Grunge Is Dead: The Oral History of Seattle Rock Music
by Greg Prato
Despite almost being hobbled right out of the gate by a pedestrian cover that makes it look like a quickie “Sounds of Seattle” chord book and weirdly giganto-sized text on the inside, you really have to look beyond the presentation here, for content is king. Author Prato works from a very gutsy premise — that the Seattle “grunge” scene of the late ’80s/early ’90s was in its own way as important as the New York punk scene of the late ’70s. To that end, Prato gives grunge the full Legs McNeil, gathering up all the major players in the Seattle saga, large and small, for a Pacific Northwest edition of Please Kill Me. Fans and concertgoers (interesting gambit) share talking-head duties with members of marquee bands like Soundgarden, Mudhoney and Pearl Jam, Alice in Chains, while club owners, label impresarios like Bruce Pavitt, Slim Moon, Jonathan Poneman and Daniel House, artists, managers, producers like Jack Endino, and pioneer bands like Mother Love Bone, Tad, Melvins, and Fastbacks fill in the rest of the blanks.
Everyone involved holds forth in a surprisingly candid manner, considering not all the bodies are buried yet, and at least half of the interviewees are still active artists, laughing and crying and reminiscing fondly and still a little shocked that everything exploded in the way it did, and all the tragedy that eventually overtook the scene. Most entertaining nod goes to Mark Arm, cult figure supreme/frontman of Green River/Thrown Ups/Mudhoney, with a close runner up being Jeff Ament, bassist for Green River/Mother Love Bone/Pearl Jam/Deranged Diction. In fact, it’s a pretty major coup to get the likes of Eddie Vedder, Ament and Stone Gossard, still pretty fresh off the Pearl Jam press blackout. But it’s mutually beneficial, they share their side of the story, and there’s a lot of history to tell, and they get their still somewhat spurious rep burnished by the likes of Arm telling a story about how after touring with both Nirvana and Pearl Jam, it was Pearl Jam who seemed more independent and in control of their own destiny. Elsewhere Duff McKagan gets his historical due, beyond just bleach blonde GNR knucklehead to punk rapscallion and scenester extraordinaire, as a member of Fastbacks, Ten Minute Warning and the Fartz.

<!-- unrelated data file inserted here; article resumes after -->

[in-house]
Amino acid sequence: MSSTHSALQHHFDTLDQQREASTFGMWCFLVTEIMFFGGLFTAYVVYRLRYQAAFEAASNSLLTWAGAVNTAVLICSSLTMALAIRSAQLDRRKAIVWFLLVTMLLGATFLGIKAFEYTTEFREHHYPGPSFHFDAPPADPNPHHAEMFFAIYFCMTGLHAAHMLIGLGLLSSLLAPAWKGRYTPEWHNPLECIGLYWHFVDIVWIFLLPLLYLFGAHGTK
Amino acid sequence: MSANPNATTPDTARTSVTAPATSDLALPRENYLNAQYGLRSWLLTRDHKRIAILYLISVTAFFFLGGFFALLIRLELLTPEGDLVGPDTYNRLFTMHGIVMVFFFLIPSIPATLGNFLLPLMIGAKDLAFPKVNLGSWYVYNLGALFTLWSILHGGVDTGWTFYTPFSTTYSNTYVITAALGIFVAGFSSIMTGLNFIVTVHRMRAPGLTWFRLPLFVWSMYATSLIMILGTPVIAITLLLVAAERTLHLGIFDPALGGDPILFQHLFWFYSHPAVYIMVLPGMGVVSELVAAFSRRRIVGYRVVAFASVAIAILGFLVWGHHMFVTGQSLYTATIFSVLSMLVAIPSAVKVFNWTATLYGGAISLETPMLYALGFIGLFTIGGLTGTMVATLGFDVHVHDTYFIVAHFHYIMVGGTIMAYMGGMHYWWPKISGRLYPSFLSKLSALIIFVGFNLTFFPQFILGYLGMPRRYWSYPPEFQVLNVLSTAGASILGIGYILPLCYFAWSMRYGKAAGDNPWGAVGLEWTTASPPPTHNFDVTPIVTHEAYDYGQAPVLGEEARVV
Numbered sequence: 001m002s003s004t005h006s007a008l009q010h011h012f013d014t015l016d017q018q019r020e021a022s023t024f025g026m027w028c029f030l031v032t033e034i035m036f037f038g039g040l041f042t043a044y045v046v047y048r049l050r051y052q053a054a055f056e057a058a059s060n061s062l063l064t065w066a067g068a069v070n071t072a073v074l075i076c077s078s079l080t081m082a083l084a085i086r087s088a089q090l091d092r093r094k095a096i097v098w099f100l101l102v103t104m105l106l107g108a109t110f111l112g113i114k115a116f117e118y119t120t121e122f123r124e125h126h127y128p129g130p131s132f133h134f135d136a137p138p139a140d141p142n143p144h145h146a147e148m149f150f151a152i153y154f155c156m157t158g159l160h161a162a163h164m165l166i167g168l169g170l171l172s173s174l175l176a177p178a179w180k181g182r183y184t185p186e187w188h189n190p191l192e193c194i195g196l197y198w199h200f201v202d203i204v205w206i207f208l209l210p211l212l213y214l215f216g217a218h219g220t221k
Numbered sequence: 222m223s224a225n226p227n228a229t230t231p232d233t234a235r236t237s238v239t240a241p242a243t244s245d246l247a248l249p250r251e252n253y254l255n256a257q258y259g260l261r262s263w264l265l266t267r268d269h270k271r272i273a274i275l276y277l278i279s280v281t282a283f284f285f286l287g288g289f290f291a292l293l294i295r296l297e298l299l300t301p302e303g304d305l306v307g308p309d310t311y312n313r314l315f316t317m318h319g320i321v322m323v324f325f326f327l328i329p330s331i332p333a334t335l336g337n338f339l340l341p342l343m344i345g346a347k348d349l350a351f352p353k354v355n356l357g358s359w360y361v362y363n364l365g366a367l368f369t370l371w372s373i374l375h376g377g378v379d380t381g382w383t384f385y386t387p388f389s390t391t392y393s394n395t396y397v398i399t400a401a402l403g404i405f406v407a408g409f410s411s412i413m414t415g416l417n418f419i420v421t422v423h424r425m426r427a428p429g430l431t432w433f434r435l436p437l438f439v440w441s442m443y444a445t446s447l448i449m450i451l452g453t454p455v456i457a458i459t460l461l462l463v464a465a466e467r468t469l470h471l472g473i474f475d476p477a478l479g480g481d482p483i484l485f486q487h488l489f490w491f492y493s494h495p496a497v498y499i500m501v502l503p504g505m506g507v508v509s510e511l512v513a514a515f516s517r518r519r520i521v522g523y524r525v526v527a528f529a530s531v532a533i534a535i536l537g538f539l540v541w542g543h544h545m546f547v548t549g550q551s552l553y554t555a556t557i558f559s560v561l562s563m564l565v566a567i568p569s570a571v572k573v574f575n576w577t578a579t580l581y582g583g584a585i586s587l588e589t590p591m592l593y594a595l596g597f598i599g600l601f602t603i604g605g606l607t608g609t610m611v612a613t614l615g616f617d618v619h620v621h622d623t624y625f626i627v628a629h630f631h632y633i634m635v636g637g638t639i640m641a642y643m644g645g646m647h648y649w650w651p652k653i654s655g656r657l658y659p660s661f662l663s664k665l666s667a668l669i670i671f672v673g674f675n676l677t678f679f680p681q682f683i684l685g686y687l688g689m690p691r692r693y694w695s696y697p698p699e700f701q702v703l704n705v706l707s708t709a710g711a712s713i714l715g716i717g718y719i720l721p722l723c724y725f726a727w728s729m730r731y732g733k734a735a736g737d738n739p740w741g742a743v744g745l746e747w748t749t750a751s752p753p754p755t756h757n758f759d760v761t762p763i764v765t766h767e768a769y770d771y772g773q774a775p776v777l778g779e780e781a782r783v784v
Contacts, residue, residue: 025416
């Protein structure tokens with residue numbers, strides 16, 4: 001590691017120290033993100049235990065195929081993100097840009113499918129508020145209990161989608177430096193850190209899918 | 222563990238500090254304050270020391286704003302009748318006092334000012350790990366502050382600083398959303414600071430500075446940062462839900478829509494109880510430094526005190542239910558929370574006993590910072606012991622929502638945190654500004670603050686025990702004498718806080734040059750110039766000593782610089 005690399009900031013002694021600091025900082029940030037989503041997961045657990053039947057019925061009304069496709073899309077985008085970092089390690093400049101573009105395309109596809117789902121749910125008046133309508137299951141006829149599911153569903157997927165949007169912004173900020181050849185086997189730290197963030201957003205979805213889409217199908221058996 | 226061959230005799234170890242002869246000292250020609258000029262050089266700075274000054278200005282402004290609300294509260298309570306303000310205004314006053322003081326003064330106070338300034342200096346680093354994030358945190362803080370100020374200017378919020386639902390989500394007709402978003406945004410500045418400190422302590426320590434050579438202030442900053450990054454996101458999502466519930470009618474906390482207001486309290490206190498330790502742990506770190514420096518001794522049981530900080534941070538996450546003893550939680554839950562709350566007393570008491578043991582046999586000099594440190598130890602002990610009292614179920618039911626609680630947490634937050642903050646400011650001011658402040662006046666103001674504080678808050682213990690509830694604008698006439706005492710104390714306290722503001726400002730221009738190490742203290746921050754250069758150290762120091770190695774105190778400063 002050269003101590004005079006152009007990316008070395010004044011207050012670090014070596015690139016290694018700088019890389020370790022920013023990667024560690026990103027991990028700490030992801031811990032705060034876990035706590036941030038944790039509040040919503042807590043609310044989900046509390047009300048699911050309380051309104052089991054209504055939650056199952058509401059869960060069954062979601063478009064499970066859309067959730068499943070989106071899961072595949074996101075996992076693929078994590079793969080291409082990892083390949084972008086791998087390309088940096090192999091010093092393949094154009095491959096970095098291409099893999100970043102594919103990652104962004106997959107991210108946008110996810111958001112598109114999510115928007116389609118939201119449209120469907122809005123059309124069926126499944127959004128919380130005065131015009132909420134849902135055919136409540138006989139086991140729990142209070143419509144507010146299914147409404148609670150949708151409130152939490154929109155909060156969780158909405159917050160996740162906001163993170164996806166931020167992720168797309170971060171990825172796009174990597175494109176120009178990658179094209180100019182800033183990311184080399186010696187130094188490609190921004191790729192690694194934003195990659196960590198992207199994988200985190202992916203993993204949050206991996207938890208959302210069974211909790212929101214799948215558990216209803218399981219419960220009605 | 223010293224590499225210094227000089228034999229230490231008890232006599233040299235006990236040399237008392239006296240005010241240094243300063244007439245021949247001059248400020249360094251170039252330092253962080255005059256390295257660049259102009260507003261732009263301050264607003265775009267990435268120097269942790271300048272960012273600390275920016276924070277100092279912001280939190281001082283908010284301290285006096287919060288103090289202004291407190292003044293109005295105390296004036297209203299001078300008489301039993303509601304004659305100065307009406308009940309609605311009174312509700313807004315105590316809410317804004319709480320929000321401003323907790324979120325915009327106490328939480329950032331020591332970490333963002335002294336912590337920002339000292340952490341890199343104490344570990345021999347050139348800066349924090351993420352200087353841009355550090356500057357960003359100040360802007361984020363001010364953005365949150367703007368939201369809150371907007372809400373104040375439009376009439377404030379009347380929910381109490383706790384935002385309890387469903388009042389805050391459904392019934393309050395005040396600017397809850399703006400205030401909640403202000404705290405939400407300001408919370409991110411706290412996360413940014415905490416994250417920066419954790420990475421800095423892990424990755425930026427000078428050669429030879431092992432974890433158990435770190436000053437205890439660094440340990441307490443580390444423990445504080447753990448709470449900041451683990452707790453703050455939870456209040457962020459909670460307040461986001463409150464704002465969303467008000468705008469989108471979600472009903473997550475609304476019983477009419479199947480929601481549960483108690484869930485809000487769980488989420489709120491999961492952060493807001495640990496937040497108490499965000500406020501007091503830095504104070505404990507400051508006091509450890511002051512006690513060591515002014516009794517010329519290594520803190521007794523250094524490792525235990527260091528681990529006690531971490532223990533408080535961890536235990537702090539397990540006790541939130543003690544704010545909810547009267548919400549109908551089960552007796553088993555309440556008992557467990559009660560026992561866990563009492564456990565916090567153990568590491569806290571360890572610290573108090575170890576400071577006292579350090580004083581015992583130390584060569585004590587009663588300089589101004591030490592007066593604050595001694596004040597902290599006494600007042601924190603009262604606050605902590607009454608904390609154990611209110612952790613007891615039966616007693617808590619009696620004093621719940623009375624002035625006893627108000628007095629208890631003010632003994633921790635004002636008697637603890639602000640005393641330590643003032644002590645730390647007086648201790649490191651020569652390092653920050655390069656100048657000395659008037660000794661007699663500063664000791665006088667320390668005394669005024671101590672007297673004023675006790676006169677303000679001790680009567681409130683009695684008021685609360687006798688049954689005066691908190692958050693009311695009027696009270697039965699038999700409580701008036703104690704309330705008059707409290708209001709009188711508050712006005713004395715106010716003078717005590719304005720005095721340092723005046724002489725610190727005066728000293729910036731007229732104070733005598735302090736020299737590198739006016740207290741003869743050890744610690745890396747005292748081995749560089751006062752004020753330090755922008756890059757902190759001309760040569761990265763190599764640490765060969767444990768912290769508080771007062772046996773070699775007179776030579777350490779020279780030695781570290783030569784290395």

The sordid story is told in full, from all sides — artist, promoter, consumer. And it’s an entertaining story, full of black humor and pathos about how an unlikely city’s music scene basically slipped on a banana peel right into the manhole of popular consciousness. If you ever thought Sub Pop’s Pavitt and Poneman had a grand plan, they themselves, along with insiders like Tad Doyle, Daniel House and Kim Thayll are quick to discount that notion. I don’t need to remind you of the particulars of Soundgarden, Nirvana and the house that Sub Pop built — if the book just retold that yet again, it would be worthless. It’s the human anecdotes that make this book — whether it’s a bunch of Seattle hipsters going to see the first Seattle gig of “Duff’s new band” (Guns N’ Roses) and ending up horrified, Andrew Wood dressing up in KISS makeup and pointing to imaginary balconies full of fans in dive bars, Pearl Jam and Mudhoney deciding not to do a Green River reunion as an encore because they remembered how much their music “sucked,” Soundgarden having the most passive aggressive band breakup ever, or Tad getting the shit sued out of themselves repeatedly, for unfortunate choices of cover art — it’s the stuff that Woody Allen films, and Spinal Tap songs would beg for.
Some parts of “the story” don’t get the attention they deserve. For instance, Everett True’s recent Nirvana biography captured the more slapstick/art-pranks side of Seattle music, like the Thrown Ups and Tad’s outrageous antics. Though, to be fair, relevant members of each outfit are given copious interview time. As is Blag Jesus/Dahlia, the inimitable frontman of one of only two bands who’ve ever scared the shit out of me live (the other was David Yow, and the runner up was Leslie Rankine from Silverfish), who’s just gloriously contemptuous and contrarian about every bit of conventional wisdom about Seattle music (like, Nirvana was good, etc). And there’s just this uncomfortably mawkish chapter of reminiscences of Kurt Cobain (and then Layne Staley) that almost torpedoes the whole book, until Dahlia swoops in and shits on everyone’s fond memories. Oddly, a similar chapter about Andrew Wood is much better.
If you’re into oral histories — and you should be, Studs Terkel knew what was up — this is probably the closest “grunge” will get to the definitive no-agenda record.
ECW Press: www.ecwpress.com